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Job 22:12

    Job 22:12 Translations

    King James Version (KJV)

    Is not God in the height of heaven? and behold the height of the stars, how high they are!

    American King James Version (AKJV)

    Is not God in the height of heaven? and behold the height of the stars, how high they are!

    American Standard Version (ASV)

    Is not God in the height of heaven? And behold the height of the stars, how high they are!

    Basic English Translation (BBE)

    Is not God as high as heaven? and see the stars, how high they are!

    Webster's Revision

    Is not God in the height of heaven? And behold the height of the stars, how high they are!

    World English Bible

    "Isn't God in the heights of heaven? See the height of the stars, how high they are!

    English Revised Version (ERV)

    Is not God in the height of heaven? and behold the height of the stars, how high they are!

    Clarke's Commentary on Job 22:12

    Is not God in the height of heaven? - It appears, from this and the following verses, that Eliphaz was attributing infidel and blasphemous speeches or sentiments to Job. As if he had said: "Thou allowest that there is a God, but thou sayest that he is infinitely exalted above the heavens and the stars, and that there is so much dense ether and thick cloud between his throne and the earth, that he can neither see it nor its inhabitants." These were sentiments which Job never held, and never uttered; but if a man be dressed in a bear's skin, he may be hunted and worried by his own dogs. Job's friends attribute falsities to him, and then dilate upon them, and draw inferences from them injurious to his character. Polemic writers, both in theology and politics, often act in this way.

    Barnes' Notes on Job 22:12

    Is not God in the height of heaven? - In the highest heaven. That is, Is not God exalted over all worlds? This seems to be intended to refer to the sentiments of Job, as if he had maintained that God was so exalted that he could not notice what was occurring on earth. It should, therefore, be read in connection with the following verse: "God is so exalted, that thou sayest, How can he know? Can he look down through the thick clouds which intervene between him and man?" Job had maintained no such opinion, but the process of thought in the mind of Eliphaz seems to have been this. Job had maintained that God did "not" punish the wicked in this life as they deserved, but that they lived and prospered. Eliphaz "inferred" that he could hold that opinion only because he supposed that God was so exalted that he could not attend to worldly affairs. He knew no other way in which the opinion could be held, and he proceeds to argue "as if" it were so.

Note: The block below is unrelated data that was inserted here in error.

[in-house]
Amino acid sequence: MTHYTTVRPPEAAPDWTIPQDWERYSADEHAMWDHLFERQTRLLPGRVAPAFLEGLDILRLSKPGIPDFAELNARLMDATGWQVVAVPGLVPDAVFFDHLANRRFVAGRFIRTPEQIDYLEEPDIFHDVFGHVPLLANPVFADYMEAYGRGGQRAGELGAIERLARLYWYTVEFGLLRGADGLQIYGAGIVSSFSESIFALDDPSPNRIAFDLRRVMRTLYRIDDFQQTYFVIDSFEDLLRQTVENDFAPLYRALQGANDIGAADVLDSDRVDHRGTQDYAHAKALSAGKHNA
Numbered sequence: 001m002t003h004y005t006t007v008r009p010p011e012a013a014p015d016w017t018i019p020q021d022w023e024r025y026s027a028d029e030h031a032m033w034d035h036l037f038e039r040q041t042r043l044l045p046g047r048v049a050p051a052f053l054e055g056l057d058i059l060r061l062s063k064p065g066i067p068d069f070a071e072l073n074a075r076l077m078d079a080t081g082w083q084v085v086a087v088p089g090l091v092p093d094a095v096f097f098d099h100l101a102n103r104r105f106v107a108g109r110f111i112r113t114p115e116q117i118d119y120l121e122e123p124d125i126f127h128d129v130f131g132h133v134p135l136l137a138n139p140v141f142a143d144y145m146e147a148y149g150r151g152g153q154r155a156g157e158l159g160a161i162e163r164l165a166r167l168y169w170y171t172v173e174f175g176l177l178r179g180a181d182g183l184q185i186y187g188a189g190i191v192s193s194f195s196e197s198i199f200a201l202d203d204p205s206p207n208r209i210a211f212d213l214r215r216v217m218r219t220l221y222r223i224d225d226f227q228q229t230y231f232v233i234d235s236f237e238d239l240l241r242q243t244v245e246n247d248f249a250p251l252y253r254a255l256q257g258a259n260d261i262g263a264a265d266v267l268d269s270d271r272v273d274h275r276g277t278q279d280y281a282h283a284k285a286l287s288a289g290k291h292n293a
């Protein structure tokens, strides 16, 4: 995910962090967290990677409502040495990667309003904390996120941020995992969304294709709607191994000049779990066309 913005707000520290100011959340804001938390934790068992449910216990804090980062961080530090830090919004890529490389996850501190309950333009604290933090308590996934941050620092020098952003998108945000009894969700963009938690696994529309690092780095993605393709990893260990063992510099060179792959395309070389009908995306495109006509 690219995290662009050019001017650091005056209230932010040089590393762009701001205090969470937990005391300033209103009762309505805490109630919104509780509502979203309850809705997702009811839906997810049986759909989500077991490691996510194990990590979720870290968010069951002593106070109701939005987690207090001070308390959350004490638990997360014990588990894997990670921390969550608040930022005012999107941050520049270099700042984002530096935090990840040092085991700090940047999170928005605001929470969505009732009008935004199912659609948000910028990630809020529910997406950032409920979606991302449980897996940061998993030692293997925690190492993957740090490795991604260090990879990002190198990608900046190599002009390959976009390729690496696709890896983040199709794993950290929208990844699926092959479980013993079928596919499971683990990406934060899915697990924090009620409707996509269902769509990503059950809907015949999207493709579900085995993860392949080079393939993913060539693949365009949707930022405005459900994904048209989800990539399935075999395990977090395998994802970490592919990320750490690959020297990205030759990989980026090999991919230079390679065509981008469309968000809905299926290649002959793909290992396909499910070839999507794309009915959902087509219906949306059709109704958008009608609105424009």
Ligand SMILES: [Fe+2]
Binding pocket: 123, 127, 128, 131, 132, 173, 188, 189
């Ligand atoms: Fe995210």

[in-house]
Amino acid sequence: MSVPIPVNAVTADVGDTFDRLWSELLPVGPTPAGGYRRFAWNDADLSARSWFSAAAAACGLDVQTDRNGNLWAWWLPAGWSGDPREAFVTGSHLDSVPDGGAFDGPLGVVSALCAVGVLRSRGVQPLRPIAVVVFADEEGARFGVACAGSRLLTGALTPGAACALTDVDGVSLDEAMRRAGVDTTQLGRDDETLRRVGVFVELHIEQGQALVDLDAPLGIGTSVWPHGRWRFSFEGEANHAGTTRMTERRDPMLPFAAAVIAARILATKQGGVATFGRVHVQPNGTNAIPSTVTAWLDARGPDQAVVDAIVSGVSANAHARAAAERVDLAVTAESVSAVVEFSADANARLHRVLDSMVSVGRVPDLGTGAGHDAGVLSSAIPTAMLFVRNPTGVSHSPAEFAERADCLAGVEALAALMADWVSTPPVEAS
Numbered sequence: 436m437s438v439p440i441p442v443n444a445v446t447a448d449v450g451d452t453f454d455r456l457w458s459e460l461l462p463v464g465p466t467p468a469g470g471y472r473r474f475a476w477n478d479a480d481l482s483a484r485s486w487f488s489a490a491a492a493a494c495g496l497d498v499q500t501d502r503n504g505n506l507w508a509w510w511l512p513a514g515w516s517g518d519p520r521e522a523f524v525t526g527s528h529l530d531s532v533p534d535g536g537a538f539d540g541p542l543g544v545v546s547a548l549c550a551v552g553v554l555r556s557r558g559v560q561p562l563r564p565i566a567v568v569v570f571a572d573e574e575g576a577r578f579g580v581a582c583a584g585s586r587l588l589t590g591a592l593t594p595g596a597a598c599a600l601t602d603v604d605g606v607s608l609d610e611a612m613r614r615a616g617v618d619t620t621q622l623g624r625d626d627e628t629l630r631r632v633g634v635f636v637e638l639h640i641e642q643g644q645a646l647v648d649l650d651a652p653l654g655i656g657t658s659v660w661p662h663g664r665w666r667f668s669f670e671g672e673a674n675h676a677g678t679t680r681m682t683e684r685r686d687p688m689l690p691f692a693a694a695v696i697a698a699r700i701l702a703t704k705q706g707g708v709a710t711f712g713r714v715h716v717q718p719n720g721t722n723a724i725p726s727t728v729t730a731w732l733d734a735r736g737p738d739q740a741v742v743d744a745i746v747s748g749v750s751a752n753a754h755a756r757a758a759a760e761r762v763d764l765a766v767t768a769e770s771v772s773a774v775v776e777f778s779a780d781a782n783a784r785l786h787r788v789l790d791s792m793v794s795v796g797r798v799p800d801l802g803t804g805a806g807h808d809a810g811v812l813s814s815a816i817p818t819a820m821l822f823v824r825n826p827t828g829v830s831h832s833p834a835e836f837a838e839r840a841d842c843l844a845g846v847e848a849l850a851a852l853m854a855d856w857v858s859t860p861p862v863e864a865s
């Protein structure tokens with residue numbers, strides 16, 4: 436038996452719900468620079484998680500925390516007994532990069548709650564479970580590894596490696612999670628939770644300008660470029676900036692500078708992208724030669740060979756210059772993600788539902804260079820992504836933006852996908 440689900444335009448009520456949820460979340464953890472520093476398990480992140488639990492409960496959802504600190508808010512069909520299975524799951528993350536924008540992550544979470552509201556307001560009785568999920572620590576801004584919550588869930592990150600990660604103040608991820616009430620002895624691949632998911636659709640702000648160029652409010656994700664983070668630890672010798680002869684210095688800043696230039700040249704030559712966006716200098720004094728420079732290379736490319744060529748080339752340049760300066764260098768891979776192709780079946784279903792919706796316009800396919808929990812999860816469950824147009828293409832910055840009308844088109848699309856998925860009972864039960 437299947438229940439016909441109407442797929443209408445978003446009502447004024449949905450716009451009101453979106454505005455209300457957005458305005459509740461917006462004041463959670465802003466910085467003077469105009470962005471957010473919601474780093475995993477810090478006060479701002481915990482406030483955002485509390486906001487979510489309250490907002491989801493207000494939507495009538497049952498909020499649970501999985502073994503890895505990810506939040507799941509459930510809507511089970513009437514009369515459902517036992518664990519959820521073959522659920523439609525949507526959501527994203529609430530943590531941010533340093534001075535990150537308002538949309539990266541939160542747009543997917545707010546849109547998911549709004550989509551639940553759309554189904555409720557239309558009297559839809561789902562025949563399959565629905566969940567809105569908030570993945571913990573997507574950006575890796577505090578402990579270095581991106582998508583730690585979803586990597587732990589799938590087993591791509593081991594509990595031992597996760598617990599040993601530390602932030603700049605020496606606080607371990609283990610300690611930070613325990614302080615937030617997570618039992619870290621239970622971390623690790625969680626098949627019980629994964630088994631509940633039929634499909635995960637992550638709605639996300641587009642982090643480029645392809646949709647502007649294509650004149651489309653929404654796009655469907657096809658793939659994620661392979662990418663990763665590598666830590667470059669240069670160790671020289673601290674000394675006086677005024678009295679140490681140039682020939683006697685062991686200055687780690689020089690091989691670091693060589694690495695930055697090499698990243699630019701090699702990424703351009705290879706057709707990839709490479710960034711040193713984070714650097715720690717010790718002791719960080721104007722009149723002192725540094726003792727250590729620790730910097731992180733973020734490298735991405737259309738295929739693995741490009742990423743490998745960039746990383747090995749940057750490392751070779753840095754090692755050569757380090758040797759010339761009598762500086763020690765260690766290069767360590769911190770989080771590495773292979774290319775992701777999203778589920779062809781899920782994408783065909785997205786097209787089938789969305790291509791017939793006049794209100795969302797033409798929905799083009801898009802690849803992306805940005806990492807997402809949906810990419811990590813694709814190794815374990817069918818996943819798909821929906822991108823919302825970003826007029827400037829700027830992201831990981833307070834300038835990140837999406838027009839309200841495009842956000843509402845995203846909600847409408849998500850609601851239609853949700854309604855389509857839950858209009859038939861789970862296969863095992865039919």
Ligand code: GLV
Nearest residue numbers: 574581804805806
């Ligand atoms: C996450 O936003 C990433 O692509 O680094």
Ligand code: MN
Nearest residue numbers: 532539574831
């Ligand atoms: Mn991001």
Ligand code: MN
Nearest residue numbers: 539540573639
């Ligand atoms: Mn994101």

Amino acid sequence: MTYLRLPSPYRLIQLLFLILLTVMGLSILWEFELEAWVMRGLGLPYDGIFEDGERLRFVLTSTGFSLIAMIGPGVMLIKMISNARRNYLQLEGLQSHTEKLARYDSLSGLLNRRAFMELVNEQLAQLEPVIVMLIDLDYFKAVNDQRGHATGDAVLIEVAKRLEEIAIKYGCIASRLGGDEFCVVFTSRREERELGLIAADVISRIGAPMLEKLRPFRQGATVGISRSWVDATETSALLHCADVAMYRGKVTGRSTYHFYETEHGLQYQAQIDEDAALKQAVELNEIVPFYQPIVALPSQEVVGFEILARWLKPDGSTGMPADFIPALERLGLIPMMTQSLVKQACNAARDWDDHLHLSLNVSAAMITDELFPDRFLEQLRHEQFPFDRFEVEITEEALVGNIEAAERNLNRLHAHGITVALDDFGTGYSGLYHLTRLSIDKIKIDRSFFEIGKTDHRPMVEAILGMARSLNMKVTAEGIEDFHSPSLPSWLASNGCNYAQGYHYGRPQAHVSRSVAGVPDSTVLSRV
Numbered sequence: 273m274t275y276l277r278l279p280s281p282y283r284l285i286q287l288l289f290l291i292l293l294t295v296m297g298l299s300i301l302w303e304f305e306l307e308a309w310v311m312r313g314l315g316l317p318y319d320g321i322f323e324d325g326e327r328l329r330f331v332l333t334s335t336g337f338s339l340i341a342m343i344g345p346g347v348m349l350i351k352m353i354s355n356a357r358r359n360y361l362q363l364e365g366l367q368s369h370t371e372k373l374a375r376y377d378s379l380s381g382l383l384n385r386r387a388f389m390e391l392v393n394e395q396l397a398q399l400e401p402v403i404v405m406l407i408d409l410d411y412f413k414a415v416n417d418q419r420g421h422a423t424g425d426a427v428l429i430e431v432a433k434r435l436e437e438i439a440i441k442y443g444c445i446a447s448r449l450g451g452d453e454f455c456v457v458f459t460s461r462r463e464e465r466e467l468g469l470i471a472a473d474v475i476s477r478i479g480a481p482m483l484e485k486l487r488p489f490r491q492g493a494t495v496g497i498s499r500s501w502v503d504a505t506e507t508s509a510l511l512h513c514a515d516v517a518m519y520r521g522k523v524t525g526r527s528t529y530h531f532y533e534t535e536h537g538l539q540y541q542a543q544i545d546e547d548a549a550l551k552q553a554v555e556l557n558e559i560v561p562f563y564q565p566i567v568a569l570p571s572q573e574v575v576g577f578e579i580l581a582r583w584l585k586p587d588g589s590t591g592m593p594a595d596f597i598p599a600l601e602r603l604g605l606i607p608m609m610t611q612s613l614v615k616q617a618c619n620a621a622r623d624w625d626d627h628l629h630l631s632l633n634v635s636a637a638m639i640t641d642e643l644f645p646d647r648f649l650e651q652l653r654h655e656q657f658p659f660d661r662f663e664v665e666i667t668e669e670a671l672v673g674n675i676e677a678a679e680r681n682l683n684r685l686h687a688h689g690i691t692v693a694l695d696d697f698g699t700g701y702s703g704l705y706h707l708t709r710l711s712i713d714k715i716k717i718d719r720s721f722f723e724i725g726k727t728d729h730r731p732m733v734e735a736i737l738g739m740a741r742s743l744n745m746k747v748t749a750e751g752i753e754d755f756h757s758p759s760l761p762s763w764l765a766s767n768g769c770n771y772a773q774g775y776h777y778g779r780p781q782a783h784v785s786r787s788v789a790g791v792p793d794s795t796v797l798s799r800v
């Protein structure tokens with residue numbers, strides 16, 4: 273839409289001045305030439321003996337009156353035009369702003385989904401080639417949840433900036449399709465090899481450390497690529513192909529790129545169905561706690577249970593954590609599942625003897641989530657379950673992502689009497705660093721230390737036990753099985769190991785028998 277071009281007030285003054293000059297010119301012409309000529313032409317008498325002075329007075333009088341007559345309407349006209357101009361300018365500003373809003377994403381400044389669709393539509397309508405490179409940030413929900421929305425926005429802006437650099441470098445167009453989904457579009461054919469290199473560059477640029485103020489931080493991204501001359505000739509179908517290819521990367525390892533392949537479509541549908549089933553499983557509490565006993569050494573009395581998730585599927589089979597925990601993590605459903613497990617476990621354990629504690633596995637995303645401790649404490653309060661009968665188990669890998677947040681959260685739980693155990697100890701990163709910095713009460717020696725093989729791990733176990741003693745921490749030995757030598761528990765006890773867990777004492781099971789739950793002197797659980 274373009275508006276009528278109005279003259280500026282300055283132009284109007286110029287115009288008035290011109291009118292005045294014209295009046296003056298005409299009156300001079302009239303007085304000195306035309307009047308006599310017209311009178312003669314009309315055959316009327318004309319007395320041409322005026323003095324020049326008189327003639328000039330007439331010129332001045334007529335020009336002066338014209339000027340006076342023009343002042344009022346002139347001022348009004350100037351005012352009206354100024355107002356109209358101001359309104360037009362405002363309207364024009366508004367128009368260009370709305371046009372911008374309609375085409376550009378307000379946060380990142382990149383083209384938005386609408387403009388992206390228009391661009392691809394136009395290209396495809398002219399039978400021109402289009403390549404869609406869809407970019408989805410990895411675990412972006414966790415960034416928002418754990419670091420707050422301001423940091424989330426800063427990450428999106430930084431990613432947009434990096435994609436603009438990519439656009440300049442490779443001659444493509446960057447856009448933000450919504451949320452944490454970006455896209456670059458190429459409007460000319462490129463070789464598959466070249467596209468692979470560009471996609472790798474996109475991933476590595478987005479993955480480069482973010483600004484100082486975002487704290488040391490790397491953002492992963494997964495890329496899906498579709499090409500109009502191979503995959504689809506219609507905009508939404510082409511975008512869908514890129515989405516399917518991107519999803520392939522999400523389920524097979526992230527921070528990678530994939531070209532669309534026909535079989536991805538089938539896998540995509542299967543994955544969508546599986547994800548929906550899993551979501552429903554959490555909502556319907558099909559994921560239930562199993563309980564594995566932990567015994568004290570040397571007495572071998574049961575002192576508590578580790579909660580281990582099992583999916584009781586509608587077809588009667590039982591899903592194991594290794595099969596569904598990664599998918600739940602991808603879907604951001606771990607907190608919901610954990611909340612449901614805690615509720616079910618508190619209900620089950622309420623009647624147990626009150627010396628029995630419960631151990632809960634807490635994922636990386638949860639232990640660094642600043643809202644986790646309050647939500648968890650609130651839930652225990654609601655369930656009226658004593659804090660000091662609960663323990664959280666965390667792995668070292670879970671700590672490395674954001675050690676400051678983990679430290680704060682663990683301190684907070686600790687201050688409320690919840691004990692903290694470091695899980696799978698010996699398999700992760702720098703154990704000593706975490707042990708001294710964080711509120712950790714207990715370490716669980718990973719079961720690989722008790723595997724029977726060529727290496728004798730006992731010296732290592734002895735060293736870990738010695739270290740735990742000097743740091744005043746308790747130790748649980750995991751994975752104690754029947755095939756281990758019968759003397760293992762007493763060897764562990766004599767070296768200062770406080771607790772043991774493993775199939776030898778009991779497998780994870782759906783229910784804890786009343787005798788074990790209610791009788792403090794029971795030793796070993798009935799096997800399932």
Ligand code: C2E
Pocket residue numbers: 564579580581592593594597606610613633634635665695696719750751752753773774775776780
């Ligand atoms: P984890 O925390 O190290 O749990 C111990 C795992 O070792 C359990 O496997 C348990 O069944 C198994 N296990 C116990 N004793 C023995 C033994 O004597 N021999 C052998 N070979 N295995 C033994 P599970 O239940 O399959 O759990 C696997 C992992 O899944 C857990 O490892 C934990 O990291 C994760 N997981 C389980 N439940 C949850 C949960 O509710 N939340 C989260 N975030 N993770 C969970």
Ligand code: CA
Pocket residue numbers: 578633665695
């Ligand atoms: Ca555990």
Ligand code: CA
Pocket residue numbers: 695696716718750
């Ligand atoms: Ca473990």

Job had in the previous chapter appealed to plain "facts," and had rested his whole argument on them. Eliphaz, instead of meeting the "facts" in the case, or showing that they did not exist as Job said they did, considered his discourse as a denial of Divine Providence, and as representing God to be so far above the earth that he could not notice what was occurring here. How common is this in theological controversy! One man, in defending his opinions, or in searching for the truth, appeals to "facts," and endeavors to ascertain their nature and bearing. His adversary, instead of meeting them, or showing that they are not so, at once appeals to some admitted doctrine, to some established article of a creed, or to some tradition of the fathers, and says that the appeal to fact is but a denial of an important doctrine of revelation. It is easier to charge a man with denying the doctrine of Providence, or to call him by a harsh name, than it is to meet an argument drawn from fact and from the plain meaning of the Bible.

    And behold the height of the stars - Margin, as in Hebrew "head" - ראשׁ rô'sh. God is more exalted than the highest of the stars. The stars are the highest objects in view, and the sense, therefore, is, that God is infinitely exalted.

    Wesley's Notes on Job 22:12

    22:12 Heaven - And from that high tower looketh down upon men, to behold, and govern, and recompense all their actions, whether good or bad. How high - Yet God is far higher than they, and from thence can easily see all things.
    Book: Job